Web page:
• Round off the article with a concluding paragraph.
  • Include a few well-chosen images as they can make your writing come alive.

Dianne Jacob: Award Winning Author and Journalist

Food stories are a way of sharing your family’s history and culture. Dianne’s many books and articles demonstrate how this can be done. She has an unusual background, a Canadian now living in the US, her parents were orthodox Iraqi Jews who lived in China. She started her career as a journalist and editor, and is now a food writer and writing coach.

She says that cookbooks are about being immersed in someone’s view of the world. Descriptions of food help a reader be transported to another time and place. She recommends that you become an expert at something in particular, rather than covering the whole field of cookery. A niche writer can attract a loyal readership. The first edition of Will Write For Food came out in 2005. This, the fourth edition, includes more about writing online, in particular it contains useful advice about blogging and using social media to promote your articles.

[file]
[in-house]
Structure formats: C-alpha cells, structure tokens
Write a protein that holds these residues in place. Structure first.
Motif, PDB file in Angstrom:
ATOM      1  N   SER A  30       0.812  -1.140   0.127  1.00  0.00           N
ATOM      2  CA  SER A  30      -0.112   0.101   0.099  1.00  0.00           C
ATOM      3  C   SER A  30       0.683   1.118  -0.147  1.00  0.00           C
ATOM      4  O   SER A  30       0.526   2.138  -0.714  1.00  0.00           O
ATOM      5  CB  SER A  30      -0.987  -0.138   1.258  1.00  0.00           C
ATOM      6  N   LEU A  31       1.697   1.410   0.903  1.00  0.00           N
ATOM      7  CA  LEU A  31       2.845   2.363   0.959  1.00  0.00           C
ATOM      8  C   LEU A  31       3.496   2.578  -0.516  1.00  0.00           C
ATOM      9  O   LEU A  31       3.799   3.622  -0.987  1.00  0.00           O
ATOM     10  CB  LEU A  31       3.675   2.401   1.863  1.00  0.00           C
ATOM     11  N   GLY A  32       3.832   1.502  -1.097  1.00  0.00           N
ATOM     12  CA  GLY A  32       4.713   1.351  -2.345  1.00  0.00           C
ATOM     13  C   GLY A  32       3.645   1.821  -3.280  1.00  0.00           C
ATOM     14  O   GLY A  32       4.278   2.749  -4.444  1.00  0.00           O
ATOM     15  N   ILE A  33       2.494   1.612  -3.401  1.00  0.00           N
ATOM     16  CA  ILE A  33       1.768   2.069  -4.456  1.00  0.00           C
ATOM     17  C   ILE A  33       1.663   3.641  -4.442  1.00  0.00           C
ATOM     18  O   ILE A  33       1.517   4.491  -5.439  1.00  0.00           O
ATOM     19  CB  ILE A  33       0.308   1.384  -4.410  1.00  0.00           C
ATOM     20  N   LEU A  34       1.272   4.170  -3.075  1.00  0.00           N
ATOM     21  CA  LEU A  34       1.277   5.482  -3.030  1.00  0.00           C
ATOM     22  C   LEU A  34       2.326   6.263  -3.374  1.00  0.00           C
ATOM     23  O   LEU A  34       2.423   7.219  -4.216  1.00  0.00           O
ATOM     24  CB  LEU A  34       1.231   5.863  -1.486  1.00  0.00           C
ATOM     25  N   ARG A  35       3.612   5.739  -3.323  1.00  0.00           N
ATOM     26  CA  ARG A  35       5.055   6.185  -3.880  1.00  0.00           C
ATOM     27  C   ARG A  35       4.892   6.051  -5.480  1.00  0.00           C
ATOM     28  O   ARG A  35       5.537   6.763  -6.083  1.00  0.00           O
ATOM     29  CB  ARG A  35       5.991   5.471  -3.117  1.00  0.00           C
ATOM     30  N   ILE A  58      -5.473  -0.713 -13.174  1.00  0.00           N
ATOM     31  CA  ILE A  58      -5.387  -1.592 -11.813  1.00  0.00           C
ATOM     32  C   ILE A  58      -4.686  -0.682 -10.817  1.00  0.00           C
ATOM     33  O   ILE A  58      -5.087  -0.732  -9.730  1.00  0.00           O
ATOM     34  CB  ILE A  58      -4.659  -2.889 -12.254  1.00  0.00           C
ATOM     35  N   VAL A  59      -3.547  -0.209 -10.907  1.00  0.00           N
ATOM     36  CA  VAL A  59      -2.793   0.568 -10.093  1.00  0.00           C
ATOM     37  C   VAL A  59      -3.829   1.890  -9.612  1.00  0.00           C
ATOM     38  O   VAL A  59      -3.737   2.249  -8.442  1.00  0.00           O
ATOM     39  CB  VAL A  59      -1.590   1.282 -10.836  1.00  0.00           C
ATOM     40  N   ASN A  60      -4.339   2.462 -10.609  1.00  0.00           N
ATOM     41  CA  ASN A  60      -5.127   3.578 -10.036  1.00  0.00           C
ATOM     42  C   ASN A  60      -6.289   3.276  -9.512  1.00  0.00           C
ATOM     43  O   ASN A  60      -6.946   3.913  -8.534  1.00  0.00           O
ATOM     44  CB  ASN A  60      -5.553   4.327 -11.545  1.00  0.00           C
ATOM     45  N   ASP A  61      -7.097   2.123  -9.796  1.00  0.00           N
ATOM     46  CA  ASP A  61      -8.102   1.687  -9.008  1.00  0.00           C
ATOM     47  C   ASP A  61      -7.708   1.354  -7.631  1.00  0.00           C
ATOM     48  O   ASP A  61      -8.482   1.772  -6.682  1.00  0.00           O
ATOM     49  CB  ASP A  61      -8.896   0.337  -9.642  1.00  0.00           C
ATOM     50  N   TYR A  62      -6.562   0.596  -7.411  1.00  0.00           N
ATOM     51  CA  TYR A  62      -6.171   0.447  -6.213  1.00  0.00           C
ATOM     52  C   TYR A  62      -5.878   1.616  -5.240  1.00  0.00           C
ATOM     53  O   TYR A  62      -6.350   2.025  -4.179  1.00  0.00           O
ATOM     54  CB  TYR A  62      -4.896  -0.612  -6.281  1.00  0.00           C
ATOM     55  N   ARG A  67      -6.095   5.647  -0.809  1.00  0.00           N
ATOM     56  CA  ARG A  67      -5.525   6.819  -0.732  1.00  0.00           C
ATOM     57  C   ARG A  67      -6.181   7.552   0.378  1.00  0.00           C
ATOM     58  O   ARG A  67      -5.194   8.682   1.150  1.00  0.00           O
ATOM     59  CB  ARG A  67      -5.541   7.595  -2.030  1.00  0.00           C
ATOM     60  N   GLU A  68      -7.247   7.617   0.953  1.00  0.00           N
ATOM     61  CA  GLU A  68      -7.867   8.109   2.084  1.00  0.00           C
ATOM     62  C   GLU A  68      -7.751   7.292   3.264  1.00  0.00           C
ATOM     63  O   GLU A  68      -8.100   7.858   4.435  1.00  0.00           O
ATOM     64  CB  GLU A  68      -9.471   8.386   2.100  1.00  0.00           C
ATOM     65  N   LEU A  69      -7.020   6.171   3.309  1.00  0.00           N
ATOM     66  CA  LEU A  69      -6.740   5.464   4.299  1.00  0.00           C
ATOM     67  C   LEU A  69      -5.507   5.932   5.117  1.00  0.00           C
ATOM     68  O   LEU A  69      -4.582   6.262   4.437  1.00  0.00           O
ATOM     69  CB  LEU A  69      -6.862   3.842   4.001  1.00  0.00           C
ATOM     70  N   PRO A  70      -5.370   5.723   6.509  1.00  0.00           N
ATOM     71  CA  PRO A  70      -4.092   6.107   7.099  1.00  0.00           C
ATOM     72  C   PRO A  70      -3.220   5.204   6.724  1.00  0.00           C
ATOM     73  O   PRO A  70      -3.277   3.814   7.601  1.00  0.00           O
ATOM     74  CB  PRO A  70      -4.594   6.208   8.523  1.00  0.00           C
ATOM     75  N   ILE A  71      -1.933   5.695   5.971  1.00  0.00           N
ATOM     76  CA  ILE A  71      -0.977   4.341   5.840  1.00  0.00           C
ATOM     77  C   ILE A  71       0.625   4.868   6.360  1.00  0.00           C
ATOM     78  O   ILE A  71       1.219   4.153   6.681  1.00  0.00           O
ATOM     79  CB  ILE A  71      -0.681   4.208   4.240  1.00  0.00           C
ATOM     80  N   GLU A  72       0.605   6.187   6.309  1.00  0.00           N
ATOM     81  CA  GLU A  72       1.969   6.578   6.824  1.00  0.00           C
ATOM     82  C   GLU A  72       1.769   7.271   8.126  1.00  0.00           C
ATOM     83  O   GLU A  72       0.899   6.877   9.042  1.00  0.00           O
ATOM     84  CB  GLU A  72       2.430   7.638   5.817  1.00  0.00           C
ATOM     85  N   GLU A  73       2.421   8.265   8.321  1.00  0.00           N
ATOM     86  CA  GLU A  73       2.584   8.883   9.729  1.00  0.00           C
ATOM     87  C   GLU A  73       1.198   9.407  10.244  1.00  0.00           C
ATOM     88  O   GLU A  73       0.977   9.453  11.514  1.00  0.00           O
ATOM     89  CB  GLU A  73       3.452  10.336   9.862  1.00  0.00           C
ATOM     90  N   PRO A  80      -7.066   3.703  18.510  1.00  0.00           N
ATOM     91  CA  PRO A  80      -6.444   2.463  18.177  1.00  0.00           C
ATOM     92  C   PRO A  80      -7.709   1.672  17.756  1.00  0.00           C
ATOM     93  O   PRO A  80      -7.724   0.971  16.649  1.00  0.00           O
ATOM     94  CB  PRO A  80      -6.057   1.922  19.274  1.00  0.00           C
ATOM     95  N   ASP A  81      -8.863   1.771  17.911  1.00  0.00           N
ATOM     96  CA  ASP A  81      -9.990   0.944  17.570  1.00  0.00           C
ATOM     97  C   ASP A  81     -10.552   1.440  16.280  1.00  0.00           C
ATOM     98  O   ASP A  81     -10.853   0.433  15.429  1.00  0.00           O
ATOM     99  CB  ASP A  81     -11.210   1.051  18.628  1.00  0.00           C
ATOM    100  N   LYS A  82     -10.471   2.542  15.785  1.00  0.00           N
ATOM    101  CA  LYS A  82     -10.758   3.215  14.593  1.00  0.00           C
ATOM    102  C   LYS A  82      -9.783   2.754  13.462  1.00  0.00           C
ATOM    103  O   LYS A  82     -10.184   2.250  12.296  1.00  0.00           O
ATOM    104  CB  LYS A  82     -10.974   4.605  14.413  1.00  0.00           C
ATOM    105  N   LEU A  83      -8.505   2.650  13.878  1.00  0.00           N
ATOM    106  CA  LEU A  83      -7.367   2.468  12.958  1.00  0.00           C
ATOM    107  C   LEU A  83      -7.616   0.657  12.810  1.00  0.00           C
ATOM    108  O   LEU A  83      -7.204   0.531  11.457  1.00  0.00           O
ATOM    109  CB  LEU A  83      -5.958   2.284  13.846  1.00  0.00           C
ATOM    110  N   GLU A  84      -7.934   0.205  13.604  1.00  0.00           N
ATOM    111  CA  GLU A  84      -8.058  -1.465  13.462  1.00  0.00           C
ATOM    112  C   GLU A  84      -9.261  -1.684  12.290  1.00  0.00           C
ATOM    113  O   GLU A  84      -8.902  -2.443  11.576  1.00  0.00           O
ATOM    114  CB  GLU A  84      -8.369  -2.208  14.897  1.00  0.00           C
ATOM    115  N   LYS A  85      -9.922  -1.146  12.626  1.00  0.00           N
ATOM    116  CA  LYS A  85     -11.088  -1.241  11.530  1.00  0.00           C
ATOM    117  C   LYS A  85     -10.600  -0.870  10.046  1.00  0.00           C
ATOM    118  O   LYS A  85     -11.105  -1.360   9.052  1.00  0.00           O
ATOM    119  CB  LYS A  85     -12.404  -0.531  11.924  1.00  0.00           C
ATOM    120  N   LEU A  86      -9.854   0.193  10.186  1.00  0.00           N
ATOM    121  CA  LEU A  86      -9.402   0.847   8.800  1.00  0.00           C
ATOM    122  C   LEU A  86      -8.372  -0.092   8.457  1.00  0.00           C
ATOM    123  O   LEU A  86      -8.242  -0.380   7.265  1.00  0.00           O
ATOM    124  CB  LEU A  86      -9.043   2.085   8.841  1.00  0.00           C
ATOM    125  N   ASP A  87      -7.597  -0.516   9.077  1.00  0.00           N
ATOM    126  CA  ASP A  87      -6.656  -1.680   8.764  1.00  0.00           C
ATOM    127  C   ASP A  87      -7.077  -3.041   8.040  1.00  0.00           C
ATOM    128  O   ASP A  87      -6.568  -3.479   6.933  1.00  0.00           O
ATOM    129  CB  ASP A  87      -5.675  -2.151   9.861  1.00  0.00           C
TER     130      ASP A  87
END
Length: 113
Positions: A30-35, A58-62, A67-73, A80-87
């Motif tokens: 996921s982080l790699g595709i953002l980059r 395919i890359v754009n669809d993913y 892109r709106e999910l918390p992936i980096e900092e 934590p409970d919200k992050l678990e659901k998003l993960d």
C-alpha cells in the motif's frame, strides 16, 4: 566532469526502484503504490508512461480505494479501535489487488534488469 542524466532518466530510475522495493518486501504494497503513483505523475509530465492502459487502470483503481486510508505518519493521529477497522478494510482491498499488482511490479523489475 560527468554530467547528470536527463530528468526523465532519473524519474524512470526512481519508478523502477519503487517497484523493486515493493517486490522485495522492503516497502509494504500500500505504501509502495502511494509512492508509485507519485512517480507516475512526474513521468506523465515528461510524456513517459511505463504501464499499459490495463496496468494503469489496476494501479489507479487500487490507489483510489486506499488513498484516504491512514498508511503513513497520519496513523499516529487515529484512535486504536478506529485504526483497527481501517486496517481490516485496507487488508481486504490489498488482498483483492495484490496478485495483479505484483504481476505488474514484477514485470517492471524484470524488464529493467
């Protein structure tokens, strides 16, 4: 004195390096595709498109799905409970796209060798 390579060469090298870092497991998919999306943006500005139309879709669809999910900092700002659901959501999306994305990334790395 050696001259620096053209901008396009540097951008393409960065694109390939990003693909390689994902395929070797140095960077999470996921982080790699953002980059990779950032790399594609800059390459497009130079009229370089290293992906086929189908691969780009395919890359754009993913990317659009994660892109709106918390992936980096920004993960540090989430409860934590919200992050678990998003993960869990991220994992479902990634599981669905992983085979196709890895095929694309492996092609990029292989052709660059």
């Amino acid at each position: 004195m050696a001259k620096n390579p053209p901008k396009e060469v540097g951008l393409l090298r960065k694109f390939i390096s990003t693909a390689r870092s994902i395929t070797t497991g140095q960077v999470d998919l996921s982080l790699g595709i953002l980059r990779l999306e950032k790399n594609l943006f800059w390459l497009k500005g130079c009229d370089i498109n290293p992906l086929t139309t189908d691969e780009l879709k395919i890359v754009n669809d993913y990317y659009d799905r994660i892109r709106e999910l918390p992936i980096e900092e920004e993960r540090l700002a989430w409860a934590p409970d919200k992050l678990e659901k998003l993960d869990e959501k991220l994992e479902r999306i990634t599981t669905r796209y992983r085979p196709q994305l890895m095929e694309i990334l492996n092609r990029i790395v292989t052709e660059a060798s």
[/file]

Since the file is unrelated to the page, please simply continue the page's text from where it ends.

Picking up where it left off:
Everything You Need to Know About Food Writing With Dianne Jacob

Target a Niche Market and Write With Personality

It doesn’t matter whether you’re an enthusiastic food-lover, a business expense diner, or a grab-a-quick-snack type of eater, your views on food are interesting if you write well. Dianne Jacob’s book shows the many opportunities there are for food writers.

There is a big audience for good writing on topical food issues. Remember that readers are not limited by geography, they can access the internet from anywhere, at any time. Even language is no longer a barrier; it’s easy to use services such as Google Translate.